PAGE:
Defining the Emotional Self

As I continue to evolve, I am keenly aware of the importance of emotions.  If I’m not careful, emotions drive my response or my reaction to a situation, and typically, these emotional responses do not represent my best self.  Once, when my son played youth league baseball, my frustration and disappointment in the umpire, just a college student, as well as the heightened emotions of other verbal parents in the stands, led me to angrily call the person in charge of hiring umpires for our small town’s summer leagues.  Fortunately, this man was also a friend, one capable of forgiving me for my tirade over something so inconsequential to the world.  It was definitely not one of my finer moments.  Emotions, as I have experienced time and again, have incredible influence on behavior.

What exactly are emotions, and what role do they play in my life?  Within the category of emotions, great differences exist.  Some, according to the Stanford Encyclopedia of Philosophy, are occurrences while others are dispositions.  Some emotions, like my anger over apparent errors of an umpire, are short-lived; others, though, like grief, linger or are long-lived.  Sometimes, we are aware of our emotions, but at other times, we are completely unaware or unconscious of the emotions.  At times, our facial expressions reflect our emotion such as surprise, and then at other times, such as with regret, our faces do not.

As I start to dig into emotions – the role they play in my healing – my understanding of the universe – my untangling of myself, I need to consider what researchers have determined as the three traditions:  emotions as feelings, emotions as evaluations, and emotions as motivations. What I have found at this point in my research, though, is a lot of disagreement among those who study emotions.  And, as I suspected, the study of emotion is quite complicated, but so incredibly important.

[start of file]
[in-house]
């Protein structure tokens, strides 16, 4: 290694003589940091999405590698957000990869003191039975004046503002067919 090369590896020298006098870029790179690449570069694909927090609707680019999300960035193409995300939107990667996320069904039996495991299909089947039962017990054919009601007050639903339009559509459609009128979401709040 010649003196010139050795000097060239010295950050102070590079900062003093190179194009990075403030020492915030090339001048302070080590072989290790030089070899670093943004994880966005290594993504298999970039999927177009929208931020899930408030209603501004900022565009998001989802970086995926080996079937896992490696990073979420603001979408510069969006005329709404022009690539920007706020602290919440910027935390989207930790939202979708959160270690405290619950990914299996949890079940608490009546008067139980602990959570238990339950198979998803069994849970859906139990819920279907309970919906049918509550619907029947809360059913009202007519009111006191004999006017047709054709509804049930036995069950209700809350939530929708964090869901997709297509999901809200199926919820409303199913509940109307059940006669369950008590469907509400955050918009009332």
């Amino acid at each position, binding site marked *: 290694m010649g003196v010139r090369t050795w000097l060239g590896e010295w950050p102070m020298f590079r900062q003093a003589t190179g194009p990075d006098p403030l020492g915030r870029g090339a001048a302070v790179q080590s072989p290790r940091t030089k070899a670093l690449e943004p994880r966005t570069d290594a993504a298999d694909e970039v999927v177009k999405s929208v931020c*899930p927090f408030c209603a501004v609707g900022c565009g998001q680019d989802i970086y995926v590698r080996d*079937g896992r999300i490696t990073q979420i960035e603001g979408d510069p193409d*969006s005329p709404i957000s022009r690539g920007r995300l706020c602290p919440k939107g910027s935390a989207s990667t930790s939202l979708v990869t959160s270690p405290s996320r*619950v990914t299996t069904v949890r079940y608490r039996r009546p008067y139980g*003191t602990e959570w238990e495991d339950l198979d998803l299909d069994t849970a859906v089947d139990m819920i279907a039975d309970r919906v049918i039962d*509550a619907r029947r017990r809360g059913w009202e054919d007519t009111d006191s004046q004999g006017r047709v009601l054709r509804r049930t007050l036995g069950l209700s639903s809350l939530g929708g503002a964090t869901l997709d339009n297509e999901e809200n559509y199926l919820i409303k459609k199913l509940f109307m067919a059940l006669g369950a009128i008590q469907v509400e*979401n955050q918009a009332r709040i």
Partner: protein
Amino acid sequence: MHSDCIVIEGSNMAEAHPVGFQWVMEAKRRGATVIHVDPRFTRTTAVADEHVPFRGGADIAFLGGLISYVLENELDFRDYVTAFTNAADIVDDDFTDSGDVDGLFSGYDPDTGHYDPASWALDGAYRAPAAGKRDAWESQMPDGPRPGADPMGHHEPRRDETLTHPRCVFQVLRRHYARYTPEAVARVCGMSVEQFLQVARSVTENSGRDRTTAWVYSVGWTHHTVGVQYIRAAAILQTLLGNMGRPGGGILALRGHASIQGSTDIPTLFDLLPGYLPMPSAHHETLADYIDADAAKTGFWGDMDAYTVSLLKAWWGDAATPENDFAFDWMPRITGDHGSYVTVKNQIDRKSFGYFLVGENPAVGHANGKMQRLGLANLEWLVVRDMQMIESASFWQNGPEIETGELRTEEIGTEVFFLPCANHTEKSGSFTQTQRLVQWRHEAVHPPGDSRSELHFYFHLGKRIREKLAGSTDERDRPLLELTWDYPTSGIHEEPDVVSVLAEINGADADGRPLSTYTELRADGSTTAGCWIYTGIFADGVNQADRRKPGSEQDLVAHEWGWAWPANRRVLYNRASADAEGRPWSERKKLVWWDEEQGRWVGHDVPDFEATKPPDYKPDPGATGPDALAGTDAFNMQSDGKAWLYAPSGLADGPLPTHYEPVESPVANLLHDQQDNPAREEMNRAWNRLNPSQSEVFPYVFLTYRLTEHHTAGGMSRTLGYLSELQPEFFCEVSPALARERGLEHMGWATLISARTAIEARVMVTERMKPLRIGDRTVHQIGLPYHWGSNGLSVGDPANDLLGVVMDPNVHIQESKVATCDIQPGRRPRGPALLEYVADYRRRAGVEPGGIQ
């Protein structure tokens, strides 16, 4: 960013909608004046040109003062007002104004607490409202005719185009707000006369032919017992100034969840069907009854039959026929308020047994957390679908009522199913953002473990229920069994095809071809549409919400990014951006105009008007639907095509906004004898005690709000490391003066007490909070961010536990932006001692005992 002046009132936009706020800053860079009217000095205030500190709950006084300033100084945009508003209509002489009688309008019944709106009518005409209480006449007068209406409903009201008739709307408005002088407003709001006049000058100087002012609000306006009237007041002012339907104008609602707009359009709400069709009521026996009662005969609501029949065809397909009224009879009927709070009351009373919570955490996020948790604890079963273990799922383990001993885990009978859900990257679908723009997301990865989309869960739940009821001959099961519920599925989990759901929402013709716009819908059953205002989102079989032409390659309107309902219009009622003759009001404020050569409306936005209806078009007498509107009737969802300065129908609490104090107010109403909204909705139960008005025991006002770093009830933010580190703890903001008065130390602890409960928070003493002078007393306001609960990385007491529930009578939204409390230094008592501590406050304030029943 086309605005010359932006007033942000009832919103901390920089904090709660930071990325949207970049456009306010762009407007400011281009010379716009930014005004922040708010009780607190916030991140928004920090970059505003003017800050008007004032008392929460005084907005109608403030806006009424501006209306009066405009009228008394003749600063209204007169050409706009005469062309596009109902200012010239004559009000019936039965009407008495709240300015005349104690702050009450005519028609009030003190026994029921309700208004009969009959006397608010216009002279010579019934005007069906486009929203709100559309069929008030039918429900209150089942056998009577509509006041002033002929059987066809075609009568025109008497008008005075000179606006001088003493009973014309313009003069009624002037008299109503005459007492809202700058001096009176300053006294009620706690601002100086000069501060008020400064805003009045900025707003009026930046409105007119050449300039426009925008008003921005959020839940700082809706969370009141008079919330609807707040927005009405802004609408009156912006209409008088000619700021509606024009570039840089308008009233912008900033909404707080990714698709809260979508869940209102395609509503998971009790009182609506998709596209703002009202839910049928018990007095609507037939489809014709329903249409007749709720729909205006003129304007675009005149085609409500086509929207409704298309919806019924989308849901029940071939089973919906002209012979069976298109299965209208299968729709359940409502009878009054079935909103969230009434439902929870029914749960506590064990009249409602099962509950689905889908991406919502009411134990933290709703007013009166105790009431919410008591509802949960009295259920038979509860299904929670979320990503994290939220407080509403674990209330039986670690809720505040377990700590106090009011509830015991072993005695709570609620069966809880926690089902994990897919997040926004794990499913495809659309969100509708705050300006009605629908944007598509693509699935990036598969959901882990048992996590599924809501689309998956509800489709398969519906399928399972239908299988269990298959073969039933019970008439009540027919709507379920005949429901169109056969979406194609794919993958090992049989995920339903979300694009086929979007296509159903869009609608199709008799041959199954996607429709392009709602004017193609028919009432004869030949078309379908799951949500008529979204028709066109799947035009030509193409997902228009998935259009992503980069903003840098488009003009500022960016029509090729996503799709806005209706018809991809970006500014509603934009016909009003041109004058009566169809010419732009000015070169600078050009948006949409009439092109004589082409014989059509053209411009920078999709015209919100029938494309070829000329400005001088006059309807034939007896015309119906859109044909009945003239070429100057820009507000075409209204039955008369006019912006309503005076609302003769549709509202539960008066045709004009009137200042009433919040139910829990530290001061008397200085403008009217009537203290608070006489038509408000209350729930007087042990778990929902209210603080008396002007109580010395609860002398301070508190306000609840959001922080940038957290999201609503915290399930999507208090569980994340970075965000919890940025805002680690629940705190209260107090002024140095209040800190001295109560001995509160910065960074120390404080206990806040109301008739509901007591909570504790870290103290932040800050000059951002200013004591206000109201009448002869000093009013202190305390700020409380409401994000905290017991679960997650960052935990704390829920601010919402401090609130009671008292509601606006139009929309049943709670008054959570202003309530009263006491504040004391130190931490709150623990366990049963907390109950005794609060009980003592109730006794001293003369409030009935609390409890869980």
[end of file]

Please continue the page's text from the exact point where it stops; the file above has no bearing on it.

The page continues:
In order to understand emotions, I must recognize that they are (1) a key “part of core consciousness;” (2) reflect my “core goals and needs;” (3) categorized into negative and positive systems which either spur me to avoid a threat or indicate a chance for opportunity; (4) a way to “prepare and individual for action;” and (4) different for individuals base on their trait neuroticism (“Understanding Emotions and How to Process Them” at   With this insight, I will be able to create a better framework for evaluating my own emotions as well as develop a deeper comprehension of how these emotions influence my behavior towards and my reactions to others as well as to myself.

My journey in untangling who I am as a human being has been long, but it has not always been intentional.  In fact, for most of my life, I ignored my emotions.  Today, I understand that I either self-medicate with food or I lose myself in taking care of others.  Five years ago, though, I promised to love myself enough to dig into or self-excavate who I am – to ask myself the hard life questions: what motivates me? How can I be the best version of myself emotionally, physically, and spiritually?  This quest has led me to the realization that I must understand my emotions, and often, I must sit with them, even when that requires me to sit with the most uncomfortable of emotions.